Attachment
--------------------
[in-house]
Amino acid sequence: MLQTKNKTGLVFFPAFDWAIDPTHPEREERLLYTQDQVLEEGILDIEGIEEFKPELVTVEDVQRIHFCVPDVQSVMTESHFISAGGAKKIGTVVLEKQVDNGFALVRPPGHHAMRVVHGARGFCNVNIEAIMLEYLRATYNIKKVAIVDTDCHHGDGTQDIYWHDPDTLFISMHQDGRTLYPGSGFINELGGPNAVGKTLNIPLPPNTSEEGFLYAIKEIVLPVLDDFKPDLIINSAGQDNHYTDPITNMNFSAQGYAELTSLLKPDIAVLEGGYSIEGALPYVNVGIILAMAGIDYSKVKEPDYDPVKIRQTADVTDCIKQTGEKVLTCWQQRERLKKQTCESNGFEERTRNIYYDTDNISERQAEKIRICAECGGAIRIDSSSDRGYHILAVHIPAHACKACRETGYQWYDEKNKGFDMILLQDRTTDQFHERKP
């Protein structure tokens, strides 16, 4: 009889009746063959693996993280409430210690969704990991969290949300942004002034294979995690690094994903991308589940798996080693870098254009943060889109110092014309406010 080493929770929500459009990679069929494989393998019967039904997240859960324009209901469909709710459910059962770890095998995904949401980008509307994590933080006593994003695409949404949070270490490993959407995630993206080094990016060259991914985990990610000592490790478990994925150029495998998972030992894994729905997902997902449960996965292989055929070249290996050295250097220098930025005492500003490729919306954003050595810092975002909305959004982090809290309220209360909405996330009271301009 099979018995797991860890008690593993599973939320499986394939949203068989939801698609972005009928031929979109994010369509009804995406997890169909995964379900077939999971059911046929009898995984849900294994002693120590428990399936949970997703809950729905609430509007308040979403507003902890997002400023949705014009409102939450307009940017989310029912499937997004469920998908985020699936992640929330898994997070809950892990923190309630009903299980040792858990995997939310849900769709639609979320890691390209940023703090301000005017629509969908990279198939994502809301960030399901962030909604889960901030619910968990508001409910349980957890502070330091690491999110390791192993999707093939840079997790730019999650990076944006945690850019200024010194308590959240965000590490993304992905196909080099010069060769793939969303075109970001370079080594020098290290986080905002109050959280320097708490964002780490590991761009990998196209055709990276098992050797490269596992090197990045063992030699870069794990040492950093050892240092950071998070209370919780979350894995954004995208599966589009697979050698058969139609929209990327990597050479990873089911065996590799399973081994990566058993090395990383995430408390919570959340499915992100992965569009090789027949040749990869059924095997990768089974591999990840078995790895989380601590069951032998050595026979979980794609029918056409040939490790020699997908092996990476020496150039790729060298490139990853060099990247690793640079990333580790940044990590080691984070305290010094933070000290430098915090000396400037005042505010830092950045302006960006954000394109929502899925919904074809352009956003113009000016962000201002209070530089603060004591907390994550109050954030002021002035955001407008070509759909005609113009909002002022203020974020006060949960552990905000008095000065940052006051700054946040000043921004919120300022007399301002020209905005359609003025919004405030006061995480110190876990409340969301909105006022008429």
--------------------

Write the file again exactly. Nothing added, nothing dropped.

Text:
[in-house]
Amino acid sequence: MLQTKNKTGLVFFPAFDWAIDPTHPEREERLLYTQDQVLEEGILDIEGIEEFKPELVTVEDVQRIHFCVPDVQSVMTESHFISAGGAKKIGTVVLEKQVDNGFALVRPPGHHAMRVVHGARGFCNVNIEAIMLEYLRATYNIKKVAIVDTDCHHGDGTQDIYWHDPDTLFISMHQDGRTLYPGSGFINELGGPNAVGKTLNIPLPPNTSEEGFLYAIKEIVLPVLDDFKPDLIINSAGQDNHYTDPITNMNFSAQGYAELTSLLKPDIAVLEGGYSIEGALPYVNVGIILAMAGIDYSKVKEPDYDPVKIRQTADVTDCIKQTGEKVLTCWQQRERLKKQTCESNGFEERTRNIYYDTDNISERQAEKIRICAECGGAIRIDSSSDRGYHILAVHIPAHACKACRETGYQWYDEKNKGFDMILLQDRTTDQFHERKP
């Protein structure tokens, strides 16, 4: 009889009746063959693996993280409430210690969704990991969290949300942004002034294979995690690094994903991308589940798996080693870098254009943060889109110092014309406010 080493929770929500459009990679069929494989393998019967039904997240859960324009209901469909709710459910059962770890095998995904949401980008509307994590933080006593994003695409949404949070270490490993959407995630993206080094990016060259991914985990990610000592490790478990994925150029495998998972030992894994729905997902997902449960996965292989055929070249290996050295250097220098930025005492500003490729919306954003050595810092975002909305959004982090809290309220209360909405996330009271301009 099979018995797991860890008690593993599973939320499986394939949203068989939801698609972005009928031929979109994010369509009804995406997890169909995964379900077939999971059911046929009898995984849900294994002693120590428990399936949970997703809950729905609430509007308040979403507003902890997002400023949705014009409102939450307009940017989310029912499937997004469920998908985020699936992640929330898994997070809950892990923190309630009903299980040792858990995997939310849900769709639609979320890691390209940023703090301000005017629509969908990279198939994502809301960030399901962030909604889960901030619910968990508001409910349980957890502070330091690491999110390791192993999707093939840079997790730019999650990076944006945690850019200024010194308590959240965000590490993304992905196909080099010069060769793939969303075109970001370079080594020098290290986080905002109050959280320097708490964002780490590991761009990998196209055709990276098992050797490269596992090197990045063992030699870069794990040492950093050892240092950071998070209370919780979350894995954004995208599966589009697979050698058969139609929209990327990597050479990873089911065996590799399973081994990566058993090395990383995430408390919570959340499915992100992965569009090789027949040749990869059924095997990768089974591999990840078995790895989380601590069951032998050595026979979980794609029918056409040939490790020699997908092996990476020496150039790729060298490139990853060099990247690793640079990333580790940044990590080691984070305290010094933070000290430098915090000396400037005042505010830092950045302006960006954000394109929502899925919904074809352009956003113009000016962000201002209070530089603060004591907390994550109050954030002021002035955001407008070509759909005609113009909002002022203020974020006060949960552990905000008095000065940052006051700054946040000043921004919120300022007399301002020209905005359609003025919004405030006061995480110190876990409340969301909105006022008429």